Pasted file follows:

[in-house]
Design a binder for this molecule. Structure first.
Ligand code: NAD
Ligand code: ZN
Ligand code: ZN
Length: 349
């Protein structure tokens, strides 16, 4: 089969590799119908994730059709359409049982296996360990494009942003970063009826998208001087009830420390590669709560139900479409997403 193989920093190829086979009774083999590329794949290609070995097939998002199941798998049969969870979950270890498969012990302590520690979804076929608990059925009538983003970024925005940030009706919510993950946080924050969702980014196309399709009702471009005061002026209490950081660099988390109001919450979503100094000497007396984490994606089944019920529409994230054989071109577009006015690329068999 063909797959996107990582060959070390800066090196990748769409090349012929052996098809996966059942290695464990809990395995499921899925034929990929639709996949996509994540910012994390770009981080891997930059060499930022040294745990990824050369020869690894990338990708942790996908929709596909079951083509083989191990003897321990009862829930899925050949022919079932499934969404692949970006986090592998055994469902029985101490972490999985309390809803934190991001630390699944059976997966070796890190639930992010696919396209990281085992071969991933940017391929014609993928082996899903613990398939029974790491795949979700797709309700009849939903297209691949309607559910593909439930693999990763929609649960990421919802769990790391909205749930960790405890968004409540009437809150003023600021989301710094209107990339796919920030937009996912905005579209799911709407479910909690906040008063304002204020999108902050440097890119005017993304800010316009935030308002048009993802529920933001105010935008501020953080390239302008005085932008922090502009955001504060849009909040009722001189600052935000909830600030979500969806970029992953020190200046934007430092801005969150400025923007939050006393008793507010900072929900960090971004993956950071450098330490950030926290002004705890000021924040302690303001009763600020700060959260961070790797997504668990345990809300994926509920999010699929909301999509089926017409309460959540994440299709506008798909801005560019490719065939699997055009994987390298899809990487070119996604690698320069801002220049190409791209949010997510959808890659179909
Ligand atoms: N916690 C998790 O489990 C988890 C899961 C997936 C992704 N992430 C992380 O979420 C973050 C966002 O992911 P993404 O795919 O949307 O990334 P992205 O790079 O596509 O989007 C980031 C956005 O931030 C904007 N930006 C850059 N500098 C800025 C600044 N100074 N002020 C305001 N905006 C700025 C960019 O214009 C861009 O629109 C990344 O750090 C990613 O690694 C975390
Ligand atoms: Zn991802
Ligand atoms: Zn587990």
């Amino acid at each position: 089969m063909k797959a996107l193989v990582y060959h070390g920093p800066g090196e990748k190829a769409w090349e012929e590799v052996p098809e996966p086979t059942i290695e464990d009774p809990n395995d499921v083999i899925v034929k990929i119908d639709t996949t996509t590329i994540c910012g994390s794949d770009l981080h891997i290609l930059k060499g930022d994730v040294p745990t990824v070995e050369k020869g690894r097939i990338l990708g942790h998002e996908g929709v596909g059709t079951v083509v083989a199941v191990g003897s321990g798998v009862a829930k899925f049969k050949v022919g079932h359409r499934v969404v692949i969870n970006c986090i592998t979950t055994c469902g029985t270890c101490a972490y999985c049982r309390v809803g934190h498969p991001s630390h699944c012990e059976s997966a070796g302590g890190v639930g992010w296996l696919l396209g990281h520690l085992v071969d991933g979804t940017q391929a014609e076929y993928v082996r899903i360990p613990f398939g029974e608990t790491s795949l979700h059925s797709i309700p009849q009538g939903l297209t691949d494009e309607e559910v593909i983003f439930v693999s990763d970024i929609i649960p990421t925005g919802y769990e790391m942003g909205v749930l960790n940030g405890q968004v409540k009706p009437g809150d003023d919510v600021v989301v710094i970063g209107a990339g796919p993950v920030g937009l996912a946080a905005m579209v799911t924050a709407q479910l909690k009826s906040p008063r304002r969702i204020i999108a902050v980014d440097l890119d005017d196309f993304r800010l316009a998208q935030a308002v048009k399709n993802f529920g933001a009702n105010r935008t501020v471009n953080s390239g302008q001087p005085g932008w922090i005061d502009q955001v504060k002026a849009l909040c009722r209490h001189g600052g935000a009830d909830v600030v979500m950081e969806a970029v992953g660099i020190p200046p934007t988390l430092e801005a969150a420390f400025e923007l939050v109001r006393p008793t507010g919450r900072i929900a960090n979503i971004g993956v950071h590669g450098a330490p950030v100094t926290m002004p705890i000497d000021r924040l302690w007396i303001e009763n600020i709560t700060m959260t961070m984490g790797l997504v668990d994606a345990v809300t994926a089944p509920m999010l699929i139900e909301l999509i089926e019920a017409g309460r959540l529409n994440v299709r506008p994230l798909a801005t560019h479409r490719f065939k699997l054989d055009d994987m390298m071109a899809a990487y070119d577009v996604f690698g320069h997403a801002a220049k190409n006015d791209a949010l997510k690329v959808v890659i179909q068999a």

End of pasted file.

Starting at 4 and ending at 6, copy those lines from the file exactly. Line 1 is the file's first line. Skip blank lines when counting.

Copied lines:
Ligand code: ZN
Ligand code: ZN
Length: 349